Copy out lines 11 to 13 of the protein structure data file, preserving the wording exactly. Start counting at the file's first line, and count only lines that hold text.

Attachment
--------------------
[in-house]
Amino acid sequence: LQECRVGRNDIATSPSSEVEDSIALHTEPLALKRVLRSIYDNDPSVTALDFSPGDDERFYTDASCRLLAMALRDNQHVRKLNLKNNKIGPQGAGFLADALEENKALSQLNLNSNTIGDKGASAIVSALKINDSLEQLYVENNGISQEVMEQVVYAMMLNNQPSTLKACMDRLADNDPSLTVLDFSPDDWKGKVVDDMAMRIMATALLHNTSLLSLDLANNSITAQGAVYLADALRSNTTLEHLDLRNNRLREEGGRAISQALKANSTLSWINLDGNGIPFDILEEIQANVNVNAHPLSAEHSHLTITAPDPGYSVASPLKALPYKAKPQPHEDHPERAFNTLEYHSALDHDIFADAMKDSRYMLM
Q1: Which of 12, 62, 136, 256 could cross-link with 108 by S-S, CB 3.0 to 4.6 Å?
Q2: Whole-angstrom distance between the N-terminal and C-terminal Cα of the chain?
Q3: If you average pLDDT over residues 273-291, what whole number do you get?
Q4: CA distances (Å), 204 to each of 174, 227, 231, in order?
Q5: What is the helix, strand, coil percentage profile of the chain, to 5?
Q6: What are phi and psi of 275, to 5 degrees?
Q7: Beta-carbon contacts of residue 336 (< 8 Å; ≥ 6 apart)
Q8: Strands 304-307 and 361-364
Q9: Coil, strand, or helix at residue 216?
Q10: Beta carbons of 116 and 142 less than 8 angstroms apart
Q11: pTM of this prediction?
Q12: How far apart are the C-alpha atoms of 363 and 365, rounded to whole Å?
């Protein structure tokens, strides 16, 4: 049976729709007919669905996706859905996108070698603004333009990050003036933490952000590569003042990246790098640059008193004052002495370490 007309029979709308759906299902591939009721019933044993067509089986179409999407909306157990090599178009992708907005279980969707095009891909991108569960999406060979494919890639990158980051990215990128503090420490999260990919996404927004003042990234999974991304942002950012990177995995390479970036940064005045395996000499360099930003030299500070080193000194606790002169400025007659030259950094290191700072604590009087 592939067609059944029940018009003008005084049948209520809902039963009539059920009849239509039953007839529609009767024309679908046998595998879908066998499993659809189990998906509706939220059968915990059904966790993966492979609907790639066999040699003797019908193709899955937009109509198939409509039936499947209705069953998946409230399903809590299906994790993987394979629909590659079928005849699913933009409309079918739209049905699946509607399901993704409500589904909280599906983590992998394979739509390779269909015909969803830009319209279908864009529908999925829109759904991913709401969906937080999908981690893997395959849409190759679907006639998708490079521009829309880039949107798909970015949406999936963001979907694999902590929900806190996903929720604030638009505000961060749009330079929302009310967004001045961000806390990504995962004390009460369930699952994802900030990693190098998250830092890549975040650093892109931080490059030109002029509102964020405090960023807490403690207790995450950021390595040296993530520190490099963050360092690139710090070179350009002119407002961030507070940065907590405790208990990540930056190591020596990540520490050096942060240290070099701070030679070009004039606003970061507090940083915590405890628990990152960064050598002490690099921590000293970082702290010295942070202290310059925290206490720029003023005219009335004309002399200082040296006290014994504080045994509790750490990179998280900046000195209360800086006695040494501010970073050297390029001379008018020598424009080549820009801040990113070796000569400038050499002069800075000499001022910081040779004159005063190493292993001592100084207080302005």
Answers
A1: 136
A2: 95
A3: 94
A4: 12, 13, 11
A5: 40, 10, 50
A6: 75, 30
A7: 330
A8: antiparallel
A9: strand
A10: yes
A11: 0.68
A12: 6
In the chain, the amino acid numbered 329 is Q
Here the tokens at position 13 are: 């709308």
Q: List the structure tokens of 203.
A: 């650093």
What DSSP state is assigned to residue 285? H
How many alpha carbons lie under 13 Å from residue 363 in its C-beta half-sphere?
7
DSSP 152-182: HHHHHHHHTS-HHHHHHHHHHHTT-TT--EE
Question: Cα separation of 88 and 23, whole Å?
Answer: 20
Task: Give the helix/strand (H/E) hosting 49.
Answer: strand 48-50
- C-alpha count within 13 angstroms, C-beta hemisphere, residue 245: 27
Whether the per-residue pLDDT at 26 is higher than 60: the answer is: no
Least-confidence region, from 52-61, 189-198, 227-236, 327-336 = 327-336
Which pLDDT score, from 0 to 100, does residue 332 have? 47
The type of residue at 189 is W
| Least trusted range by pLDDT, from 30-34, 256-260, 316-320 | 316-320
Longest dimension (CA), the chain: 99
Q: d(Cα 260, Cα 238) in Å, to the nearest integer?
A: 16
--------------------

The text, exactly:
Q9: Coil, strand, or helix at residue 216?
Q10: Beta carbons of 116 and 142 less than 8 angstroms apart
Q11: pTM of this prediction?